Bearing Witness

We left Rothenburg this morning and drove to Dachau concentration camp near Munich, which was the first concentration camp, later used as a model for all future camps. Dachau was a work camp for political prisoners, also serving as a school of violence for the SS men. In the twelve years it existed before the liberation, this camp imprisoned over 200,000 people from all over Europe, the majority of which were Jewish, and the rest were a mix of people that were deemed non-compliant to the regime, including physically and mentally disabled, those of opposing political or social mindset, as well as homosexuals, and an estimated 41,500 died here, but the real numbers are impossible to know, just like the death toll of other such atrocities. Per the printed guide, “The Memorial Site on the grounds of the former concentration camp was established in 1965 on the initiative of and in accordance with the plans of the surviving prisoners who had joined together to form the Comite International de Dachau.”

While I knew that this would be difficult, I’m not sure that anything can prepare you to visit such a site. I have always wanted to visit one of the camps; not for curiosity sake, but for the greater humanitarian essence of bearing witness to what happened there. To stand on such hallowed ground, my single visit among the millions that have visited this same place, was perhaps insignificant in the greater context, yet it was an experience I will never forget. The original barracks have since been torn down, with two reconstructed as part of the memorial, and while I didn’t go into them, it was striking to see the rows of structure-less foundation walls where the original barracks stood. Our guide talked about the barracks, designed for 200 prisoners, eventually holding 2000 each, and everything that came with that type of over-crowding; the barbed wire and electric fence and the guard towers along the fence-line; the daily roll-calls, and how prisoners were identified by number and colored triangle patches to indicate their “offenses” (criminals, political views, homosexual, etc.), or the star of David for the Jewish prisoners.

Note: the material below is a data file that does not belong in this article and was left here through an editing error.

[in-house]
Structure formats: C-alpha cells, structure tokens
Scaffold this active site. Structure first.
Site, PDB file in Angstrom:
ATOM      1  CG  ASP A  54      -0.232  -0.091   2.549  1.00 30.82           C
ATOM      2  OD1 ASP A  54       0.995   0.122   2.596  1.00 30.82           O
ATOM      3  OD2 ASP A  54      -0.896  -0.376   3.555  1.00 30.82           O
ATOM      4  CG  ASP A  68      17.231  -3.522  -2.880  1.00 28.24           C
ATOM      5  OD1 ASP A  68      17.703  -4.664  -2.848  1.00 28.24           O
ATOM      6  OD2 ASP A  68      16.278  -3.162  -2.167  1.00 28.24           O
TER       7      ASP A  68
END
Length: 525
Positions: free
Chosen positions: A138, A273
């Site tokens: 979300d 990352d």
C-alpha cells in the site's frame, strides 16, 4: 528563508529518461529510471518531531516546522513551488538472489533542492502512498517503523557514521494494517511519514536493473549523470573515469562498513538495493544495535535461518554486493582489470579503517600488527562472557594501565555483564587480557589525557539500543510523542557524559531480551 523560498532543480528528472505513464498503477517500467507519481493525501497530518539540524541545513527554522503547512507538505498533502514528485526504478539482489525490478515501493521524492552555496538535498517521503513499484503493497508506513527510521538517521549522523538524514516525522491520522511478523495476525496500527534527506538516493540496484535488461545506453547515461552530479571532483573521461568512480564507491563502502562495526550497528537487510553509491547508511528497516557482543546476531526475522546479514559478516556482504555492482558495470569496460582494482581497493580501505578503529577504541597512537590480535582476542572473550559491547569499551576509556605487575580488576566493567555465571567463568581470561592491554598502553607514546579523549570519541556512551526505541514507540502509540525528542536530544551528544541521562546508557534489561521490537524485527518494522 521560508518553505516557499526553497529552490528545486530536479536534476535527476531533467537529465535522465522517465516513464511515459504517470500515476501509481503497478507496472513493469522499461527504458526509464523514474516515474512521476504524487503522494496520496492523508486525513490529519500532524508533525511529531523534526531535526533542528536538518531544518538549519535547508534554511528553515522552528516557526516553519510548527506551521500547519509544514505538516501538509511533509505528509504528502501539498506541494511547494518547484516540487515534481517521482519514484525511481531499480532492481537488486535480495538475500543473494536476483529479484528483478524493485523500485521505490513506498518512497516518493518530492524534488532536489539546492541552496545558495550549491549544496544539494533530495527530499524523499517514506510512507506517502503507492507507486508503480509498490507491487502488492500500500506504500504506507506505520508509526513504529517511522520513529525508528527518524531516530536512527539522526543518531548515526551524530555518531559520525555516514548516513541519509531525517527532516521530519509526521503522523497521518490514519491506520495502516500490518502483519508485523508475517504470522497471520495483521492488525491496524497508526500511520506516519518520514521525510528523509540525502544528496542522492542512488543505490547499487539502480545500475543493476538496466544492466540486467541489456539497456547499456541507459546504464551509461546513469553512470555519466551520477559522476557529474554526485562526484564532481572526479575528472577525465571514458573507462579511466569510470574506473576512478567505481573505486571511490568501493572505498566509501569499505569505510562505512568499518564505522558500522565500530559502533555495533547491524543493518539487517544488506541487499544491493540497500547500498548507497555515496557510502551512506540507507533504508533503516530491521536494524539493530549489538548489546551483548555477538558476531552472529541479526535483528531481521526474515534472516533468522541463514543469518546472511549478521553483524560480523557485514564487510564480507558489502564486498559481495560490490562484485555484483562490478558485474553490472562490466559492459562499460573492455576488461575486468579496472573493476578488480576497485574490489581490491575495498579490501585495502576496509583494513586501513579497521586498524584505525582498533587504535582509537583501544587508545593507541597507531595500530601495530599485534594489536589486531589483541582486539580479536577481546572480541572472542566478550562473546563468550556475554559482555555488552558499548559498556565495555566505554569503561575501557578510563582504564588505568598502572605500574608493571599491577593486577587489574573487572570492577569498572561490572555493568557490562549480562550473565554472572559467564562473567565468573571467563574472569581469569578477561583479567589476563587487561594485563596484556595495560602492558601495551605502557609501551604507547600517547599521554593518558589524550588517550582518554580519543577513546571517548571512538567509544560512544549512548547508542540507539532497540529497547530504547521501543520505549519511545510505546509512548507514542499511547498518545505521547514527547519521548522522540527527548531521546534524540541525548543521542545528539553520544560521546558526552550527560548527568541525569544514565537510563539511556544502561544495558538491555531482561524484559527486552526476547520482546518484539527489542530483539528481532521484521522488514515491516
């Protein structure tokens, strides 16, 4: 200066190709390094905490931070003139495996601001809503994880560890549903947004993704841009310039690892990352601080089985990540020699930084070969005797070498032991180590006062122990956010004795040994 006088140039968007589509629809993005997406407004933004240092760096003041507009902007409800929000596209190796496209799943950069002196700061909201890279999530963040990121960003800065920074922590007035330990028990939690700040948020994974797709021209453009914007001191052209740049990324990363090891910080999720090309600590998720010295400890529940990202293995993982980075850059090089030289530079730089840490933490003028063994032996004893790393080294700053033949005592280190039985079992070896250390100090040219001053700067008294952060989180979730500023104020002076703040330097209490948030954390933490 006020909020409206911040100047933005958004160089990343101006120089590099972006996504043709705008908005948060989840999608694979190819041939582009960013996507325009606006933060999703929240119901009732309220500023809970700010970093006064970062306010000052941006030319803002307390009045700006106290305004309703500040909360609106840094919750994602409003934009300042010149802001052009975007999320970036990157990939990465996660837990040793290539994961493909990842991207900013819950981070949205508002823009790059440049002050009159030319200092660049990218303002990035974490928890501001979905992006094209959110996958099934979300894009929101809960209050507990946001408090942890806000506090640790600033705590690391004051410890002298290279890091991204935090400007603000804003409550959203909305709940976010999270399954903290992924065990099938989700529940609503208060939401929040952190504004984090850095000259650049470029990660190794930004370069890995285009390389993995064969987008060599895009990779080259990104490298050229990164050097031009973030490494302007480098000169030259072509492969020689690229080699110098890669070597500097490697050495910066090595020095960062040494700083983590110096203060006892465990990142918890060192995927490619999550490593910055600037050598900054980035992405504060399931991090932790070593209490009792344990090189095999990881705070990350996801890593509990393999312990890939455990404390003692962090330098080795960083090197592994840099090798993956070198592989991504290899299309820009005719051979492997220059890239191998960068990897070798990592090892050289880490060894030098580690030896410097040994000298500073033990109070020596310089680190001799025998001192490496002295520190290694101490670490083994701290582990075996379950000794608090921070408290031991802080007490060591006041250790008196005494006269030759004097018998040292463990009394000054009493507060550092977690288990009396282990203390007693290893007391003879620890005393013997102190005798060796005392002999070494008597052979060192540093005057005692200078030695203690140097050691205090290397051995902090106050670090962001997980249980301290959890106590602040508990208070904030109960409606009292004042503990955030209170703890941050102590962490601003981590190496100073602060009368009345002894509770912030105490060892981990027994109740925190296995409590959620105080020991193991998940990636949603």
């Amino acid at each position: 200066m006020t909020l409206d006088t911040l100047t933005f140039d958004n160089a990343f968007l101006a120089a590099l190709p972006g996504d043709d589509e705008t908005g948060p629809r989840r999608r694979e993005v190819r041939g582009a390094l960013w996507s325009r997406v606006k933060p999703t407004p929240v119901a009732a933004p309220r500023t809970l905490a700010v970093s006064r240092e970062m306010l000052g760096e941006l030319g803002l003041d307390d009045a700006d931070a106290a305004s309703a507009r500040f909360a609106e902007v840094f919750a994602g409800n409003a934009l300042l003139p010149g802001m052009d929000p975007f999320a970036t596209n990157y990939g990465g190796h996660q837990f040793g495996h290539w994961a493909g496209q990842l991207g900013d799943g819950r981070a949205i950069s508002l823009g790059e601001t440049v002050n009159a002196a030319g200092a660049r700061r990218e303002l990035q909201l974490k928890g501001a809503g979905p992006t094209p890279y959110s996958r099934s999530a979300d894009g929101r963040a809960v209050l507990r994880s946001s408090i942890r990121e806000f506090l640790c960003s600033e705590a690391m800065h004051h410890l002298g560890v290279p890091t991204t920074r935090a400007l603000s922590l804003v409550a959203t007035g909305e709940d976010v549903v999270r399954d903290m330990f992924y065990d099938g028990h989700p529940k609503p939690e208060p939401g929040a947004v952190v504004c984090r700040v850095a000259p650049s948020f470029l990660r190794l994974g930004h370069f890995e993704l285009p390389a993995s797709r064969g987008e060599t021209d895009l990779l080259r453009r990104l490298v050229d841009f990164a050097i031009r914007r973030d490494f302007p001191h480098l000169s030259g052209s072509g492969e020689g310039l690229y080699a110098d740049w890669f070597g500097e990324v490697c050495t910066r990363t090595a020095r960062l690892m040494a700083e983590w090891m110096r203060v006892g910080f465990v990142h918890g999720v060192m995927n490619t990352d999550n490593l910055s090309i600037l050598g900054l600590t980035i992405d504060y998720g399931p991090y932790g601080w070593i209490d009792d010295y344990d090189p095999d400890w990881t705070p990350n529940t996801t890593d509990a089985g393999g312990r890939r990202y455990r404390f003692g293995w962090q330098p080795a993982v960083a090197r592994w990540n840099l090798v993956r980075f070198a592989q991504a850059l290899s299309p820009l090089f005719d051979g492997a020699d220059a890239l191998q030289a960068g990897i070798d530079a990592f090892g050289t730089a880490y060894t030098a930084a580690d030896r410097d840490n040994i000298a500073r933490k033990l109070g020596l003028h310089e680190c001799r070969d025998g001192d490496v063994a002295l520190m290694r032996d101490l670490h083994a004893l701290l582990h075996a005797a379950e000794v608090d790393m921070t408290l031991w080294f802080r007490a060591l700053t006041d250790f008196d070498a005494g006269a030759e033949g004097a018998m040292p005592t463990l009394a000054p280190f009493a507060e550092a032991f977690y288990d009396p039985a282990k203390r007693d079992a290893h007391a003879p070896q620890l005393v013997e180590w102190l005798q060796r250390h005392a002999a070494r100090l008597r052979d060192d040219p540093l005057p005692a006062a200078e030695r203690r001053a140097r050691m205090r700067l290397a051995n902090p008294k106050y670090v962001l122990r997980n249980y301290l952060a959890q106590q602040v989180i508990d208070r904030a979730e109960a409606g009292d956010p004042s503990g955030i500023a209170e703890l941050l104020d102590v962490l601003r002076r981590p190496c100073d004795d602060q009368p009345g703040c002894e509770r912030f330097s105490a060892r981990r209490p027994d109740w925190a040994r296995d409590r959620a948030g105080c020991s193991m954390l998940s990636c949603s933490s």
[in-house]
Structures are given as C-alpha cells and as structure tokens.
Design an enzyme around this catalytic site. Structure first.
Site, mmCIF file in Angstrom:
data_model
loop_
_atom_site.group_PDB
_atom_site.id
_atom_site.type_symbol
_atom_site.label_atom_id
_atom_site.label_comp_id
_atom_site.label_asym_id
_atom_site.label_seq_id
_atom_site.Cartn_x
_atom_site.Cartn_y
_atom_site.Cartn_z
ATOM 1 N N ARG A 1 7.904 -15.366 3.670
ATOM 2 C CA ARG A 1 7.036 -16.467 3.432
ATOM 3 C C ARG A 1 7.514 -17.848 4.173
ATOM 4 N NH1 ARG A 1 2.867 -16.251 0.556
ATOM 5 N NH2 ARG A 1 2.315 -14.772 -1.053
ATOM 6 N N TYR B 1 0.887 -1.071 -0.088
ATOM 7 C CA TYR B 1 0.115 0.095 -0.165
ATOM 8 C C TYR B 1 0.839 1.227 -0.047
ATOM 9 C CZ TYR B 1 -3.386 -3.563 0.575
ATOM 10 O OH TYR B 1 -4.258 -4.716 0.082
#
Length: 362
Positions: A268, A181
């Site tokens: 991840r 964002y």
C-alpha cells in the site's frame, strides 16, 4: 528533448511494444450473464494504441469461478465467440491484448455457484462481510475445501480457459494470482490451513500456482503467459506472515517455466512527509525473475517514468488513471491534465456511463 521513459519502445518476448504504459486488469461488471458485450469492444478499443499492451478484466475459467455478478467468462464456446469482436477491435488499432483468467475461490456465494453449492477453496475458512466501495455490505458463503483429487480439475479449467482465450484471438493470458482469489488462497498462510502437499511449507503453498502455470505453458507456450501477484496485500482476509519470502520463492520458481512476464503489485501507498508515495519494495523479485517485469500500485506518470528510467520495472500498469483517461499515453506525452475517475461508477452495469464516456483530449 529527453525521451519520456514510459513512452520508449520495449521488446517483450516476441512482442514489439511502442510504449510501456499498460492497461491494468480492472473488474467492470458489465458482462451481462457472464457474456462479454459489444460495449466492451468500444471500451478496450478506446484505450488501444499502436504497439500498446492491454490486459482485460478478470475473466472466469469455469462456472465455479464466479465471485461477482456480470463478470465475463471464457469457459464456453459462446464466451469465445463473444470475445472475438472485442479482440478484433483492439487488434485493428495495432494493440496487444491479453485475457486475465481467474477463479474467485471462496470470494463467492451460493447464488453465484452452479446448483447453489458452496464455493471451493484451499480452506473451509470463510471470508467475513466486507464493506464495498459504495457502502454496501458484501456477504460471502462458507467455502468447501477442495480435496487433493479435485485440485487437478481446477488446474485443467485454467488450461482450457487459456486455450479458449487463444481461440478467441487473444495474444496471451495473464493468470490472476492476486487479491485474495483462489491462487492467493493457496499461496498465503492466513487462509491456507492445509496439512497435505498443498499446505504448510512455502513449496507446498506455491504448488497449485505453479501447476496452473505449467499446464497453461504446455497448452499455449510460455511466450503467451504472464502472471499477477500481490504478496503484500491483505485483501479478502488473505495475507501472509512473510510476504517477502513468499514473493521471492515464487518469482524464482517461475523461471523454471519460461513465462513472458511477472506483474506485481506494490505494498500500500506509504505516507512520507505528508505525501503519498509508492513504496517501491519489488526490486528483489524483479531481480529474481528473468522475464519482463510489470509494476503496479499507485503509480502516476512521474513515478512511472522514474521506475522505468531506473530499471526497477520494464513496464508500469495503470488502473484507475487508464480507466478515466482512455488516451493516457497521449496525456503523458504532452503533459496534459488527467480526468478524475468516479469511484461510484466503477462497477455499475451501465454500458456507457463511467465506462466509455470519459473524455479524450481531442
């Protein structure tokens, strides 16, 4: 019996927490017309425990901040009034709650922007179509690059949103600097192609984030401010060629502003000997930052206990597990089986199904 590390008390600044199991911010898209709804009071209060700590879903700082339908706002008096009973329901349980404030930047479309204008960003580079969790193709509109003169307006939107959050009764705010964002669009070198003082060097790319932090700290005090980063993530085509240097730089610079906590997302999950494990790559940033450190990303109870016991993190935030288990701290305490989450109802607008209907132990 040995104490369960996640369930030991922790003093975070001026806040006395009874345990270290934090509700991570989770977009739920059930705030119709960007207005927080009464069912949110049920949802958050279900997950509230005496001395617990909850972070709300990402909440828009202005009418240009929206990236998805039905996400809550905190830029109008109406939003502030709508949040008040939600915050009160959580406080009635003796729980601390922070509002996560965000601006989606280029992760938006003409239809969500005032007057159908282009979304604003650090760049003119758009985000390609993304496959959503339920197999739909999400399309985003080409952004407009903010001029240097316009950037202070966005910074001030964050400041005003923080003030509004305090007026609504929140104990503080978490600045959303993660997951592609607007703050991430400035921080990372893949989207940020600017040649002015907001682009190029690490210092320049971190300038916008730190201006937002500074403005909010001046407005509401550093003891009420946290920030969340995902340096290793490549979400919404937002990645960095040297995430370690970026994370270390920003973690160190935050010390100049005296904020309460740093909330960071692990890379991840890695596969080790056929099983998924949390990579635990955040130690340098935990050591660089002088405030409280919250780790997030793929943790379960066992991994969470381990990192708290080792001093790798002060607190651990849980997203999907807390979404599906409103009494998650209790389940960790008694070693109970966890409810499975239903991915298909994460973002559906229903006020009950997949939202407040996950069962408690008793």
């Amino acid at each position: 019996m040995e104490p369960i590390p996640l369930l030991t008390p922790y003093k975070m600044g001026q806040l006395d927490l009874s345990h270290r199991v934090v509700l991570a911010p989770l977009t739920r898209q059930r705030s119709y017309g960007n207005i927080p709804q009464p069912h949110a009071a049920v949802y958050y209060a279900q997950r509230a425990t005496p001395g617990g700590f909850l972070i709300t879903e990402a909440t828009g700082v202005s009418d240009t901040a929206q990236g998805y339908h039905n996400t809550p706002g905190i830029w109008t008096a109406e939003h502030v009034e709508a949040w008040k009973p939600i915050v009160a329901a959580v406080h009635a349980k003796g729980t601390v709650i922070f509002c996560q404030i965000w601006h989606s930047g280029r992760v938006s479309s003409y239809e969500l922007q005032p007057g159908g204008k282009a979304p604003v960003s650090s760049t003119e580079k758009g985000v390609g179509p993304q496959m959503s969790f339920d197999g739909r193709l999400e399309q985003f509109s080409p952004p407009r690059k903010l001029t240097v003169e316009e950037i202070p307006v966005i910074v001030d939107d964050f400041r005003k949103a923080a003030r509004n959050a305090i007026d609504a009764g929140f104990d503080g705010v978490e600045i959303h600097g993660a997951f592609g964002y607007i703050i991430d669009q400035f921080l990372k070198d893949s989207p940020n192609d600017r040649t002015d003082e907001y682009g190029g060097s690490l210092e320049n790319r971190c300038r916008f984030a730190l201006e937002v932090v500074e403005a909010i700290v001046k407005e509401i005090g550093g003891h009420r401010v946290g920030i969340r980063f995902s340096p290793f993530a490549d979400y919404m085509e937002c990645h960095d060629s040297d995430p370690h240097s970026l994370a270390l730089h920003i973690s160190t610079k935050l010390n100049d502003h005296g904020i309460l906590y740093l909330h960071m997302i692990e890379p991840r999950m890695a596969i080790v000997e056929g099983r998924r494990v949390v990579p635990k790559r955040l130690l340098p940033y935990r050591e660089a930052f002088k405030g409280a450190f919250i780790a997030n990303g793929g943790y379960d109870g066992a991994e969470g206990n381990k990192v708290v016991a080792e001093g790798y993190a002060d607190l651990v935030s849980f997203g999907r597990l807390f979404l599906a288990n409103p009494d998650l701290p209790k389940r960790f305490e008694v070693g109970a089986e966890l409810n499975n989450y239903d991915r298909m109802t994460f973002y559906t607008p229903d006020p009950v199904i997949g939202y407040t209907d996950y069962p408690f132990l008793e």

We walked outside the fence-line to a separate area, away from the barracks in an attempt to keep it secret, but of course that was a complete fallacy — the crematorium. Walking into the building, where the deceased prisoners were cremated, and seeing the brick ovens, as well as the gas chamber to the side — it broke me. Nothing prepares you to walk into such a place, stand before those metal oven doors and see inside, and take in what happened there. Nothing.

I couldn’t photograph this visit. Many people do so. I made the personal choice that somehow doing so takes away from the experience. The sight of the place, the imagined sounds and smells, and feel of it — it is all permanently etched in the photographs of my mind.


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